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COLLECTIVE NAME of a series of multimedia

installations, including sound, light and architecture, conceived by Iannis Xenakis during the 1960s and 1970s. The word "polytope" is

Greek; in this context it has to be interpreted literally:poly means "a lot, several," while topos means "place." Furthermore, every Polytope bears the name of the site or the city where it has been installed. The name of

these spectacles already indicates that

multimedia works (though the very notion of multimedia was then not yet used to designate this kind of work as is the case today), but with an

art that fully integrates "space." Xenakis's attention to space is not surprising, since for a period of twelve years (1947-59), he worked as an engineer and an architect in Le



here, we are dealing not only with

Towardsa Space-Time Art



Corbusier's office in Paris. He participated in important projects, such the La Tourette Monastery in Lyon and the famous Philips Pavilion at the 1958 Brussels World Fair. It is in this same period that Xenakis started to draw attention as a composer. In the Polytopes, Xenakis has transposed his temporal thinking into three-dimensional space; these art works can thus be considered as the return to architecture of a composer who, in his mind, has always remained an architect and an engineer.1 Through the masterly use of the latest technological tools in the Poly- topes, architecture becomes an art of time and music an art of space. In this way, these spatialized light and sound scenographies take part in the tradition that links Wagner's conception of the total art work (the Gesamtkunstwerk) with contemporary notions of cyberspace, in the sense that they both deal with the creation of an immersive and artificialenvi- ronment. In this article, we will therefore examine the position of the Polytopes in this quest for a space-time art.



What we generally call "the environment" actually consists of a whole of spaces. According to the way these are defined, we can consider two

types of space: material space and

The first one, material space, is defined by the traditional, classical architectural tectonics: walls, ceilings, floors, windows, etc. The arche-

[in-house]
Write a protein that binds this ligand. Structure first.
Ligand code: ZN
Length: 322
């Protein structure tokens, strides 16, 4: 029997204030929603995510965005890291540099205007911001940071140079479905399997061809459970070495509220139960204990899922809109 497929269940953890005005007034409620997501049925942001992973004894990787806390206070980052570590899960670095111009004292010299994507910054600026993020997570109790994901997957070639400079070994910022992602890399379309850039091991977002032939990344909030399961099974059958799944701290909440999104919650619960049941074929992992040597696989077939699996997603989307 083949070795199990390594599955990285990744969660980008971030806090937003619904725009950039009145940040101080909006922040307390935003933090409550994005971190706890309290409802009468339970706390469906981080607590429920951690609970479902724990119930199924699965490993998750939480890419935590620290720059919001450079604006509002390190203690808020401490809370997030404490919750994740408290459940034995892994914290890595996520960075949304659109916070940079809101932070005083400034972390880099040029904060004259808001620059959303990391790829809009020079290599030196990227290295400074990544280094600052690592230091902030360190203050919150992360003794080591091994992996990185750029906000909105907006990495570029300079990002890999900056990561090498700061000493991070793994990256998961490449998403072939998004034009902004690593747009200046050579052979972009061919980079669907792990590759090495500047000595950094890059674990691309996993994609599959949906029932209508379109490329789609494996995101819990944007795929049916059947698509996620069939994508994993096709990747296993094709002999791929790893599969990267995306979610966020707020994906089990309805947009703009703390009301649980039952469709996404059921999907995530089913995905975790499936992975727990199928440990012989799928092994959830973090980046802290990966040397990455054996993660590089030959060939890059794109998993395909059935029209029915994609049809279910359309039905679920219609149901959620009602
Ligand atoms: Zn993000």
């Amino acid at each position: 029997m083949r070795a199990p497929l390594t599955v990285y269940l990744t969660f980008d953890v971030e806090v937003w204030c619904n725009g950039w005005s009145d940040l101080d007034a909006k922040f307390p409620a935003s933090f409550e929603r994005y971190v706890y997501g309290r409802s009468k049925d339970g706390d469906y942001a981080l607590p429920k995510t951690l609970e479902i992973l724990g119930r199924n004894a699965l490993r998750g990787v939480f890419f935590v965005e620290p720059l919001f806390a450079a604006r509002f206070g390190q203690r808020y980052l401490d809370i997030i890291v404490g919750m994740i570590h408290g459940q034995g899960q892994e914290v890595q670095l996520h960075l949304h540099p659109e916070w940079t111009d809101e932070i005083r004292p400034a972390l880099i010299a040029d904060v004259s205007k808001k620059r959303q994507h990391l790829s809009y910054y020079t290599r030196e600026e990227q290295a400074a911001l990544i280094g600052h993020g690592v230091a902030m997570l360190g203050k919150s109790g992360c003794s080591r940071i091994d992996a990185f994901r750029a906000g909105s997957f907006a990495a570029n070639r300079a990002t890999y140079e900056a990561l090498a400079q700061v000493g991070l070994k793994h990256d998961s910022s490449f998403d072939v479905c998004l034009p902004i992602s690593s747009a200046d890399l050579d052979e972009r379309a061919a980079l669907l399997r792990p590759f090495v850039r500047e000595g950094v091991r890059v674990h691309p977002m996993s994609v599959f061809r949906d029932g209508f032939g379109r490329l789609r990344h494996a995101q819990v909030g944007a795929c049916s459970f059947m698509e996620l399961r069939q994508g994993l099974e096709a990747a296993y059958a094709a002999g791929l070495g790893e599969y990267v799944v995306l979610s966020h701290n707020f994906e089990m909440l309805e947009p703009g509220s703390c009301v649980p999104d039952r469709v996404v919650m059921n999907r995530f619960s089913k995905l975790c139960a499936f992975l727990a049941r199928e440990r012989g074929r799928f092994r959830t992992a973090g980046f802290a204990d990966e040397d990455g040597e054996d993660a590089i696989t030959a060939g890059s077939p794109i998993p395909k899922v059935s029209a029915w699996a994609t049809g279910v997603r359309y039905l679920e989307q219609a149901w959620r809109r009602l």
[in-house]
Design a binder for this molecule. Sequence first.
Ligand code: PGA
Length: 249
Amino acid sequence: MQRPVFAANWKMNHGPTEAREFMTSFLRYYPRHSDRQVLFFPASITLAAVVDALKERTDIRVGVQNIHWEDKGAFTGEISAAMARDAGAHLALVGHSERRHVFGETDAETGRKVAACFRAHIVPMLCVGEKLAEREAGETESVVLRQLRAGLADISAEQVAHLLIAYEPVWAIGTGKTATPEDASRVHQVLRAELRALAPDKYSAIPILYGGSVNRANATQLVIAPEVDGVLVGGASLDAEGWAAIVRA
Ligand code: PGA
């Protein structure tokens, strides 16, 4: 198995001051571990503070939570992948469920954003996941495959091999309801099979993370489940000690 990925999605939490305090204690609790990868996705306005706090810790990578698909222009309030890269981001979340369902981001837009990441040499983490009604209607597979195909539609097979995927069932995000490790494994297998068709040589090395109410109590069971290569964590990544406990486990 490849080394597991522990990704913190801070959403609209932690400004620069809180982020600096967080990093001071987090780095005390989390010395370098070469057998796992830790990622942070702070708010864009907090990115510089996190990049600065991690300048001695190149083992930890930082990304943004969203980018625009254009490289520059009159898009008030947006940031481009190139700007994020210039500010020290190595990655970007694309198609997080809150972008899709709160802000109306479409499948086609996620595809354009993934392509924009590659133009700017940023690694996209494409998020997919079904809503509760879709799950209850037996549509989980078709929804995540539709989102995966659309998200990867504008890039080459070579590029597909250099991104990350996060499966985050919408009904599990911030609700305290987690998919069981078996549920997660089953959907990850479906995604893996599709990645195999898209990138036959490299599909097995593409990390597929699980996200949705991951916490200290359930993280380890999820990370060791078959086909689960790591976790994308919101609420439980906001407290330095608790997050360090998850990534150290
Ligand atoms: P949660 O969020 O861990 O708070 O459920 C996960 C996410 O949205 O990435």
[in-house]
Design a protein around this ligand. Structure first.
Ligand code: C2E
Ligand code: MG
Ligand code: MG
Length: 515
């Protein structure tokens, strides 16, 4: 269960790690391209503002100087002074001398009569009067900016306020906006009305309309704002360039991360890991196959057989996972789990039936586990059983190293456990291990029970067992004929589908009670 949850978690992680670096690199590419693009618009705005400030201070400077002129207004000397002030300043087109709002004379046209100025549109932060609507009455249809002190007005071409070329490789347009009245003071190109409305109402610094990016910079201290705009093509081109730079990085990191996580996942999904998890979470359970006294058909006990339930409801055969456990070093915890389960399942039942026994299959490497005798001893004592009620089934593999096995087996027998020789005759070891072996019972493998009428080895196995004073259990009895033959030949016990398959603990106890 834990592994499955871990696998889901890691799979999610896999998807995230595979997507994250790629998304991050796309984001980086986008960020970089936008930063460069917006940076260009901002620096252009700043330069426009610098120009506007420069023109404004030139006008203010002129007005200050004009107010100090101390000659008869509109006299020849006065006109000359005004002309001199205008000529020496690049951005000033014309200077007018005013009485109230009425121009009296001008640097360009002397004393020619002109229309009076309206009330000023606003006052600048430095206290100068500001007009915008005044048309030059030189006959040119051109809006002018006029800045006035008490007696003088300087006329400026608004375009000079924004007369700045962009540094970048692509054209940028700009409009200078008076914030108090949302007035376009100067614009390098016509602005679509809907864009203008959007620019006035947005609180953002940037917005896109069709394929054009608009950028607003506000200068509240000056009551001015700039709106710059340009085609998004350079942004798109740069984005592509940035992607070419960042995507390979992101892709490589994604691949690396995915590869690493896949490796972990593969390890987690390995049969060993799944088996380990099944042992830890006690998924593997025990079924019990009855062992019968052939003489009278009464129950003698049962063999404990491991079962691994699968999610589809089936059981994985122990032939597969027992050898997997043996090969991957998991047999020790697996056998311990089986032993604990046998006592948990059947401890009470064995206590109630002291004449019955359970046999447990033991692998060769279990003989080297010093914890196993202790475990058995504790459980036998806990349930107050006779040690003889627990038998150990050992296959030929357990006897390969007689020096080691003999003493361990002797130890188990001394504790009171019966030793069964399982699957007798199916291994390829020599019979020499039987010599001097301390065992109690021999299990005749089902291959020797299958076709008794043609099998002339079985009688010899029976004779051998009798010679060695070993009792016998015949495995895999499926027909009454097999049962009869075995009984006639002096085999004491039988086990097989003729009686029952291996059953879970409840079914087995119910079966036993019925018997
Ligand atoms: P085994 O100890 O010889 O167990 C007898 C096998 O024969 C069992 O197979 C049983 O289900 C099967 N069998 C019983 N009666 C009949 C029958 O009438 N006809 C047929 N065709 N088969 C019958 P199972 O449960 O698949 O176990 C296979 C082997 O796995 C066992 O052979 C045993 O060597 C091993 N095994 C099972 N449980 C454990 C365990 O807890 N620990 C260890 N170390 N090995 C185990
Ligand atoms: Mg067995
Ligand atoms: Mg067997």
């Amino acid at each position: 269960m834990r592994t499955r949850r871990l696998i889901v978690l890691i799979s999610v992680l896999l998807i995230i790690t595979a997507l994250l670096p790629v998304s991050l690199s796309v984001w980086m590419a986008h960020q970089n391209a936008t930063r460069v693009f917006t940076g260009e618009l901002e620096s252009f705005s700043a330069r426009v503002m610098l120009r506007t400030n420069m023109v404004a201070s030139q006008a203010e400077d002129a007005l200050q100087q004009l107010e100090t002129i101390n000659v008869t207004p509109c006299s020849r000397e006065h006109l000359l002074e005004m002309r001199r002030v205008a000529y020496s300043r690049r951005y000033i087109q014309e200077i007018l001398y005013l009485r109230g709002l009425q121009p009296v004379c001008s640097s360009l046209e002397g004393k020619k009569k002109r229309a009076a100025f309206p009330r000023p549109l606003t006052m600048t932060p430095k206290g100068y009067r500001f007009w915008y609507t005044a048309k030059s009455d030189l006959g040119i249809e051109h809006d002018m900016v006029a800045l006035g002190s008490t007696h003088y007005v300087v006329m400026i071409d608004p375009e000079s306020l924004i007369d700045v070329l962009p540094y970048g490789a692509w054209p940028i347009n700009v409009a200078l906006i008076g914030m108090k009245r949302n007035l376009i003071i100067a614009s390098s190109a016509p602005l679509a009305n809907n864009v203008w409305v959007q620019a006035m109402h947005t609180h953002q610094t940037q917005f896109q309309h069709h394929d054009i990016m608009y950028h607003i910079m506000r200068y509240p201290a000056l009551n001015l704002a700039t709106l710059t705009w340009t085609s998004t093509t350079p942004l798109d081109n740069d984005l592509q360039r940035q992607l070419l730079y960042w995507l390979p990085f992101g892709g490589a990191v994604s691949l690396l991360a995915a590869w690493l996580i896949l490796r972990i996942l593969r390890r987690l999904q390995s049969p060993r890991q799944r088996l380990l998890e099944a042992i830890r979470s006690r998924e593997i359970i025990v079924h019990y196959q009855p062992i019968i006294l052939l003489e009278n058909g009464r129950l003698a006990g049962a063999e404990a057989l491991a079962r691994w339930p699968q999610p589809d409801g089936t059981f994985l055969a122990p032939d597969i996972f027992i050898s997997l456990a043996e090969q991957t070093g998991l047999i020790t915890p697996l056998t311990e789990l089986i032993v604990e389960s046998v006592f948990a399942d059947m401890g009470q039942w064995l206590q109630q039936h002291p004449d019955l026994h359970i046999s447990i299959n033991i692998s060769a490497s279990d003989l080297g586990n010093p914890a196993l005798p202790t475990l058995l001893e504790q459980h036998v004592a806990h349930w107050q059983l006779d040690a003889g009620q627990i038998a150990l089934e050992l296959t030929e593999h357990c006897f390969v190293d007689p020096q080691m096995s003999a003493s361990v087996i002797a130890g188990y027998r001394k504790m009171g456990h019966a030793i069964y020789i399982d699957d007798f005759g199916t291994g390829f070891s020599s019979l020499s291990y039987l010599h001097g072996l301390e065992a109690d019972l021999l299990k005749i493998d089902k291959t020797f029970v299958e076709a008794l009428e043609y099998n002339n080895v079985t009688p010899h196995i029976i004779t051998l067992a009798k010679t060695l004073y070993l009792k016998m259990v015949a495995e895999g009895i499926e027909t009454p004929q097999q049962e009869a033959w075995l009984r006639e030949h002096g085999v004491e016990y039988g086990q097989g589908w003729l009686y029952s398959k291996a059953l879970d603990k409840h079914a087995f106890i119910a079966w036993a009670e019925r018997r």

type of such a space is symbolized in a famous etching from the eighteenth-century French architecture theoretician Laugier's Essai sur l'architecture (see example 1). It symbolizes the "primitive hut" and it is actually an allegory of the "first architecturalact." As minimal as it may seem, through this small intervention of man, a fragment of the vast space of nature becomes a place, in the sense that, from this moment on,


it distinguishes itself from the rest of the

certain symbolic or physical quality. Architecture here plays the role of

interface between the inside and the outside, between the domesticated and the untamed.

energetic space.2

surrounding space through

energeticspace, is defined by sensory

light and sound. Picture for

instance a campfire, around which heat and light


experiences this sensory space in a qualitative way; it is created by ener-

into account the

getic waves travelling through the air, without

space. In opposition to the quantitative aspects of physical space,

qualities, such as warmth, smell, color,

The second type of space, called

create an immaterial


boundaries of material (architectural)space. Laugier's primitive hut is, in


Perspectivesof New Music

264 Perspectivesof New Music EXAMPLE 1: CHARLES E I S E N , "ALLtGORIE R E








this sense, a passive receiver; its identity as a

getic waves of light, sound, temperature and smell that occupy it. Through the evolution of technology in building, architecture has

somehow managed to "emancipate" itself from this passive state. Techni-

cal devices such as air conditioning, sanitary installations,

and amplified sound today allow for a steadilyincreasing control of build- ing space. As a consequence, architecture today creates hybrid spaces, "amalgams," where the opposition inside/outside, which has been archi- tecture's topological framework until the nineteenth century, has dis- solved. Contemporary space is to be considered as a dynamic equilibrium between the artificialand the natural upon which man imposes his own

place is created by the ener-

artificial light

Towardsa Space-Time Art


rhythm. This will to master and "tame" space and time is in fact the Promethean dream of man, and more specifically, of the architect.

Especially in the architectureof the exhibition pavilion, this idea of cre-